Illustrated American Advertiser: The Historical Picture Gallery; Or, Scenes & Incidents in American History, a Collection of Interesting & Thrilling Narratives from the Written & Unwritten, Legendary & Traditionary, History of the United States, Volume 5

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D. Bigelow & Company, 1856

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Page 496 - From every account the enemy amounted to two thousand combatants; the troops actually engaged against them were short of nine hundred. This horde of savages with their allies abandoned themselves to flight, and dispersed with terror and dismay, leaving our victorious army in full and quiet possession of the field of battle, which terminated under the influence of the guns of the British garrison, as you will observe by the inclosed correspondence between Major Campbell, the commandant, and myself,...
Page 348 - Listen ! you told us at that time, to bring forward our families to this place, and we did so ; and you promised to take care of them, and they should want for nothing, while the men would go and fight the enemy ; that we need not trouble ourselves about the enemy's garrisons ; that we knew nothing about them, and that our father would attend to that part of the business. You also told your red children that you would take good care of your garrison here, which made our hearts glad.
Page 444 - Money is this man's God, and to get enough of it he would sacrifice his country" This publication produced quite a sensation among the officers.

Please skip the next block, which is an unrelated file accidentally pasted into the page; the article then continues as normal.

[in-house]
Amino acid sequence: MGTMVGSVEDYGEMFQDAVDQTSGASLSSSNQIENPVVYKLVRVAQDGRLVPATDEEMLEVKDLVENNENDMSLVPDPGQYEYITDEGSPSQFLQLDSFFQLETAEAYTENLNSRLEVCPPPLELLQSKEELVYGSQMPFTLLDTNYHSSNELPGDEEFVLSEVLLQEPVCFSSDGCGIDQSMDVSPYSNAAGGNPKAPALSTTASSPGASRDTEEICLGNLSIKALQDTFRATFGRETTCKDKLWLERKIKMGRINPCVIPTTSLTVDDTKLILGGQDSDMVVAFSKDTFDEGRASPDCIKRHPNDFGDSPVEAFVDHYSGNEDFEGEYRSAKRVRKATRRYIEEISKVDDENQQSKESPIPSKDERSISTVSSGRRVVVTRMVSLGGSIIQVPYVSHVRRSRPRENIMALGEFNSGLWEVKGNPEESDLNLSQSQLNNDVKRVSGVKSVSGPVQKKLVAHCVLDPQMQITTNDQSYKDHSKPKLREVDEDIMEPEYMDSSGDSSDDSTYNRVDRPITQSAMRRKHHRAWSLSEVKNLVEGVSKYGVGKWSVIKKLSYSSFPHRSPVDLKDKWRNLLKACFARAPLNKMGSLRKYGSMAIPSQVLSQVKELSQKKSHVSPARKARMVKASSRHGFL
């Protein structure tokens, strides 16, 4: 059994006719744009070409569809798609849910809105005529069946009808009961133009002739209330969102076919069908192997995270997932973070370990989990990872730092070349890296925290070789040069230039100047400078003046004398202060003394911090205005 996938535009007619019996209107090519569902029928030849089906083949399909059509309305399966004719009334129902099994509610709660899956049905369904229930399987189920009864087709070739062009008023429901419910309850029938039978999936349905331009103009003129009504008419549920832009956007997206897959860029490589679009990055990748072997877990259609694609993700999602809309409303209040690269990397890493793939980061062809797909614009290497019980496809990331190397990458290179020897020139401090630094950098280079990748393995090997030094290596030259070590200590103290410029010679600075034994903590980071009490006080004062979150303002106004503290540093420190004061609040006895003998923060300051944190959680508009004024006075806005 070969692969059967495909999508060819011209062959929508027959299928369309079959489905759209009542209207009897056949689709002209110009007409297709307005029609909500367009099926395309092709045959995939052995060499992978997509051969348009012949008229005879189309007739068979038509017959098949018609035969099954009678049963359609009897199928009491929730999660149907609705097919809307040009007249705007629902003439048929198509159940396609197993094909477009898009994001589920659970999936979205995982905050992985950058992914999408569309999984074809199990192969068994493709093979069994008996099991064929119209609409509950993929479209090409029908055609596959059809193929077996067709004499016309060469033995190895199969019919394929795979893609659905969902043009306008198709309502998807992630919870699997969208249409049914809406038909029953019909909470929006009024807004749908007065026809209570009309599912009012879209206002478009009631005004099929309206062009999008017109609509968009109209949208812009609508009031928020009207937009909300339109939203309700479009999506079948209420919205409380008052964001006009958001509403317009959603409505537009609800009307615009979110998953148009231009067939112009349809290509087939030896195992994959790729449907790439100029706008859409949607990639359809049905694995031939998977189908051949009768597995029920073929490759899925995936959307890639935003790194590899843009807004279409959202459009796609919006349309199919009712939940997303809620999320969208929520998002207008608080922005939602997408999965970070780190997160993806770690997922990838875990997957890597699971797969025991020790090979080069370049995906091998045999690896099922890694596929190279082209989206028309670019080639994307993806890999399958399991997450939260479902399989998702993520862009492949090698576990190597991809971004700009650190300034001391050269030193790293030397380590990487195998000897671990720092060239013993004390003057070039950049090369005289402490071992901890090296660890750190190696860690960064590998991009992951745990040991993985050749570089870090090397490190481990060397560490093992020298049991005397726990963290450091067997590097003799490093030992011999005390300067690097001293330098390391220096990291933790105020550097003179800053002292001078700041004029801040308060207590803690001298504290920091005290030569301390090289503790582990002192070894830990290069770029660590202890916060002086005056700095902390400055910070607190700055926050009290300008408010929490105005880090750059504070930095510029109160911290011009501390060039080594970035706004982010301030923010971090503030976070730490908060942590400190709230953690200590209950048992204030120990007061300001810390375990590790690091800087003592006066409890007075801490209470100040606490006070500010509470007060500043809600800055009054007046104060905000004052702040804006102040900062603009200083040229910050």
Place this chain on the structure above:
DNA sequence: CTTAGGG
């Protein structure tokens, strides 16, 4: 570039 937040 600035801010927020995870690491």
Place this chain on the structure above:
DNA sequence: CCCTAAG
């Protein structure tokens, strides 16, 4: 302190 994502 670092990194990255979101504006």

Page 71 - I could not but reflect with pleasure on the situation of these people; and think if there is such a thing as happiness in this life, that they enjoy it. Far from the bustle of the world, they live in the most delightful climate, and richest soil imaginable; they are everywhere surrounded with beautiful prospects and sylvan scenes; lofty mountains, transparent streams, falls of water, rich valleys, and majestic woods; the whole interspersed with an infinite variety of flowering shrubs, constitute...
Page 287 - After some six weeks' fatting amongst those savage courtiers, at the minute of my execution, she hazarded the beating out of her own brains to save mine...
Page 496 - All these orders were obeyed with spirit and promptitude ; but such was the impetuosity of the charge by the first line of infantry...
Page 11 - I was once a boy ; then I saw the white man afar off. I hunted in these woods with a bow and arrow ; then with a rifle. I saw the white man and was told he was my enemy. I could not shoot him as I would a wolf or bear ; yet like these he came upon me ; horses, cattle, and fields he took from me.
Page 496 - Scott to gain and turn the right flank of the savages with the whole force of the mounted volunteers by a circuitous route ; at the same time I ordered the front line to advance and charge with trailed arms and rouse the Indians from their coverts at the point of the bayonet, and when up, to deliver a close and...
Page 288 - You did promise Powhatan what was yours should be his, and he the like to you; you called him father being in his land a stranger, and by the same reason so must I do you...
Page 348 - The Americans have not yet defeated us by land. Neither are we sure that they have done so by water. We therefore wish to remain here, and fight our enemy, should they make their appearance. If they defeat us, we will then retreat with our father. At the battle of the rapids, last war, the Americans certainly defeated us.

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